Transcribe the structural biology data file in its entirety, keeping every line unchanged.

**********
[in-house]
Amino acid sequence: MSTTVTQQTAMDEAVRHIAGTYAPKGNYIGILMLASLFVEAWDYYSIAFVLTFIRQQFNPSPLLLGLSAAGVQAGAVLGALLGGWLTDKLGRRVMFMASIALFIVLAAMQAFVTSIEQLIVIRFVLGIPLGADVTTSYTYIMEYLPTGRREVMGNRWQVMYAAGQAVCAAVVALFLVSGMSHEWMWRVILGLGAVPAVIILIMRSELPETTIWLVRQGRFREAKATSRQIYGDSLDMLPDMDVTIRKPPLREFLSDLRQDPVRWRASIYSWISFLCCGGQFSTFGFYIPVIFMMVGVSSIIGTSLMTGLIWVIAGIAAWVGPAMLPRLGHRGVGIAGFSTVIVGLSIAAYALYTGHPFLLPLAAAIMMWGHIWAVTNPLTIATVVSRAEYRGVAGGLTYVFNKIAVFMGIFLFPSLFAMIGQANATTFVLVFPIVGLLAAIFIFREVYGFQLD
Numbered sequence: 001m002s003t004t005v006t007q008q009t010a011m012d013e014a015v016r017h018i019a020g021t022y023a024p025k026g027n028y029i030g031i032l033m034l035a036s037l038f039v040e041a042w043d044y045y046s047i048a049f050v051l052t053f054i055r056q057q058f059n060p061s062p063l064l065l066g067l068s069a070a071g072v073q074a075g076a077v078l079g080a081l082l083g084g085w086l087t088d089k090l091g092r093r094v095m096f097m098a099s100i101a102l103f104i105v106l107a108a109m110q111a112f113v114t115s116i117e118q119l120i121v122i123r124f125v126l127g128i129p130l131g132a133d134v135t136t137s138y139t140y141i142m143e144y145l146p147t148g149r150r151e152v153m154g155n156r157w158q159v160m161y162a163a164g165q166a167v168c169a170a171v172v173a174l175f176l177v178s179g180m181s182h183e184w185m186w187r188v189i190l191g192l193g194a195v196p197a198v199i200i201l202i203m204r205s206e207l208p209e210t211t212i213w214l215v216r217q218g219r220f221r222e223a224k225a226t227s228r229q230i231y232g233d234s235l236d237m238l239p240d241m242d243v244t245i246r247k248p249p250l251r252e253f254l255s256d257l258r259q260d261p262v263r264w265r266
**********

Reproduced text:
[in-house]
Amino acid sequence: MSTTVTQQTAMDEAVRHIAGTYAPKGNYIGILMLASLFVEAWDYYSIAFVLTFIRQQFNPSPLLLGLSAAGVQAGAVLGALLGGWLTDKLGRRVMFMASIALFIVLAAMQAFVTSIEQLIVIRFVLGIPLGADVTTSYTYIMEYLPTGRREVMGNRWQVMYAAGQAVCAAVVALFLVSGMSHEWMWRVILGLGAVPAVIILIMRSELPETTIWLVRQGRFREAKATSRQIYGDSLDMLPDMDVTIRKPPLREFLSDLRQDPVRWRASIYSWISFLCCGGQFSTFGFYIPVIFMMVGVSSIIGTSLMTGLIWVIAGIAAWVGPAMLPRLGHRGVGIAGFSTVIVGLSIAAYALYTGHPFLLPLAAAIMMWGHIWAVTNPLTIATVVSRAEYRGVAGGLTYVFNKIAVFMGIFLFPSLFAMIGQANATTFVLVFPIVGLLAAIFIFREVYGFQLD
Numbered sequence: 001m002s003t004t005v006t007q008q009t010a011m012d013e014a015v016r017h018i019a020g021t022y023a024p025k026g027n028y029i030g031i032l033m034l035a036s037l038f039v040e041a042w043d044y045y046s047i048a049f050v051l052t053f054i055r056q057q058f059n060p061s062p063l064l065l066g067l068s069a070a071g072v073q074a075g076a077v078l079g080a081l082l083g084g085w086l087t088d089k090l091g092r093r094v095m096f097m098a099s100i101a102l103f104i105v106l107a108a109m110q111a112f113v114t115s116i117e118q119l120i121v122i123r124f125v126l127g128i129p130l131g132a133d134v135t136t137s138y139t140y141i142m143e144y145l146p147t148g149r150r151e152v153m154g155n156r157w158q159v160m161y162a163a164g165q166a167v168c169a170a171v172v173a174l175f176l177v178s179g180m181s182h183e184w185m186w187r188v189i190l191g192l193g194a195v196p197a198v199i200i201l202i203m204r205s206e207l208p209e210t211t212i213w214l215v216r217q218g219r220f221r222e223a224k225a226t227s228r229q230i231y232g233d234s235l236d237m238l239p240d241m242d243v244t245i246r247k248p249p250l251r252e253f254l255s256d257l258r259q260d261p262v263r264w265r266